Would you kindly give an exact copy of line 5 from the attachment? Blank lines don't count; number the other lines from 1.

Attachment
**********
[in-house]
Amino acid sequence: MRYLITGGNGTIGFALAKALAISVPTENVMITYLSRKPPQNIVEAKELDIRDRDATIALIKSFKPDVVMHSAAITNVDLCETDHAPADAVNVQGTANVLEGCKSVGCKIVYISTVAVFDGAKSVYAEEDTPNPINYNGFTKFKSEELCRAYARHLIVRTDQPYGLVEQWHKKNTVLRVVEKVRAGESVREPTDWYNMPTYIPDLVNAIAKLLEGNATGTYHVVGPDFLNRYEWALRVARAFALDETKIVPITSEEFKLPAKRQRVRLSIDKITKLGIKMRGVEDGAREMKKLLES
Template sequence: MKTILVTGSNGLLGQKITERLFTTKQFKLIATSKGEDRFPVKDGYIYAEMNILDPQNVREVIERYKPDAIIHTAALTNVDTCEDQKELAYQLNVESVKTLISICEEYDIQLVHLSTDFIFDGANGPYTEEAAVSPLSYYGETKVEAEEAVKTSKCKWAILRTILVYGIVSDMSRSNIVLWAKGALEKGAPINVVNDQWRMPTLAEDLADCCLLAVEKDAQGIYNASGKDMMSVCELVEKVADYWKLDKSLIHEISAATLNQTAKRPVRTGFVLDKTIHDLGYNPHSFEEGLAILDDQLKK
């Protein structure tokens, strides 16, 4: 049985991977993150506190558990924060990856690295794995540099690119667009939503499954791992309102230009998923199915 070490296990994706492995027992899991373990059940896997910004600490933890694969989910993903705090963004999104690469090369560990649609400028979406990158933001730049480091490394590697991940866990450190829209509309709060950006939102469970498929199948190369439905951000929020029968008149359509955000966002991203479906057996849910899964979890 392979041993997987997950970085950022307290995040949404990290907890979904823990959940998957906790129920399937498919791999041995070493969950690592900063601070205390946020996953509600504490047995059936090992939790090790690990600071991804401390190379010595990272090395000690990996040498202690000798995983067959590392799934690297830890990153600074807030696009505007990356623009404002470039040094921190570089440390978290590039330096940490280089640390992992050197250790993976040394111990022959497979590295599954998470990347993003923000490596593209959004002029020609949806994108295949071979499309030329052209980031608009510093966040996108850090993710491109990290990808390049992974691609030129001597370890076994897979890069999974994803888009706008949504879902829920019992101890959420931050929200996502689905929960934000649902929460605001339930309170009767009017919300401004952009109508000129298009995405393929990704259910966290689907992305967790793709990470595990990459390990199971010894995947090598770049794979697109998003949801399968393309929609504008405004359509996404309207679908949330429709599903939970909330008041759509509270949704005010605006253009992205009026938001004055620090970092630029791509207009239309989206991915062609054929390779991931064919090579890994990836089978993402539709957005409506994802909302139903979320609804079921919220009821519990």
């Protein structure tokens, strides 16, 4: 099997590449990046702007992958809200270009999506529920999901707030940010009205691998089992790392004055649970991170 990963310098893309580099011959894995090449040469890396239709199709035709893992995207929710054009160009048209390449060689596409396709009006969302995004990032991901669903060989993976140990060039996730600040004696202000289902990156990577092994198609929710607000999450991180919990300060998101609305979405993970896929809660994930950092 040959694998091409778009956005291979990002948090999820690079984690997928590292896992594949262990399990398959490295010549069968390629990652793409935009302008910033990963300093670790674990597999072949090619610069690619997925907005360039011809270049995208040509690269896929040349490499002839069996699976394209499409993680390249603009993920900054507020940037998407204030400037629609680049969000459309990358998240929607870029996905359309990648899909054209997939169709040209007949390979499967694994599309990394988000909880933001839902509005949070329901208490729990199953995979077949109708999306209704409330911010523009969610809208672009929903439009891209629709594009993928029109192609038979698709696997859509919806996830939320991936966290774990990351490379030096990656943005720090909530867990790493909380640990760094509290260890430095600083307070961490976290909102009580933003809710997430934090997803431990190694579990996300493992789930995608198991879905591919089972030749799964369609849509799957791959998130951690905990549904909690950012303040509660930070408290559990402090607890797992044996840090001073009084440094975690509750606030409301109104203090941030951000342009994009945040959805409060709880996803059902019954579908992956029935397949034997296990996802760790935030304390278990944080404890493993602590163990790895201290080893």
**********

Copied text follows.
């Protein structure tokens, strides 16, 4: 099997590449990046702007992958809200270009999506529920999901707030940010009205691998089992790392004055649970991170 990963310098893309580099011959894995090449040469890396239709199709035709893992995207929710054009160009048209390449060689596409396709009006969302995004990032991901669903060989993976140990060039996730600040004696202000289902990156990577092994198609929710607000999450991180919990300060998101609305979405993970896929809660994930950092 040959694998091409778009956005291979990002948090999820690079984690997928590292896992594949262990399990398959490295010549069968390629990652793409935009302008910033990963300093670790674990597999072949090619610069690619997925907005360039011809270049995208040509690269896929040349490499002839069996699976394209499409993680390249603009993920900054507020940037998407204030400037629609680049969000459309990358998240929607870029996905359309990648899909054209997939169709040209007949390979499967694994599309990394988000909880933001839902509005949070329901208490729990199953995979077949109708999306209704409330911010523009969610809208672009929903439009891209629709594009993928029109192609038979698709696997859509919806996830939320991936966290774990990351490379030096990656943005720090909530867990790493909380640990760094509290260890430095600083307070961490976290909102009580933003809710997430934090997803431990190694579990996300493992789930995608198991879905591919089972030749799964369609849509799957791959998130951690905990549904909690950012303040509660930070408290559990402090607890797992044996840090001073009084440094975690509750606030409301109104203090941030951000342009994009945040959805409060709880996803059902019954579908992956029935397949034997296990996802760790935030304390278990944080404890493993602590163990790895201290080893």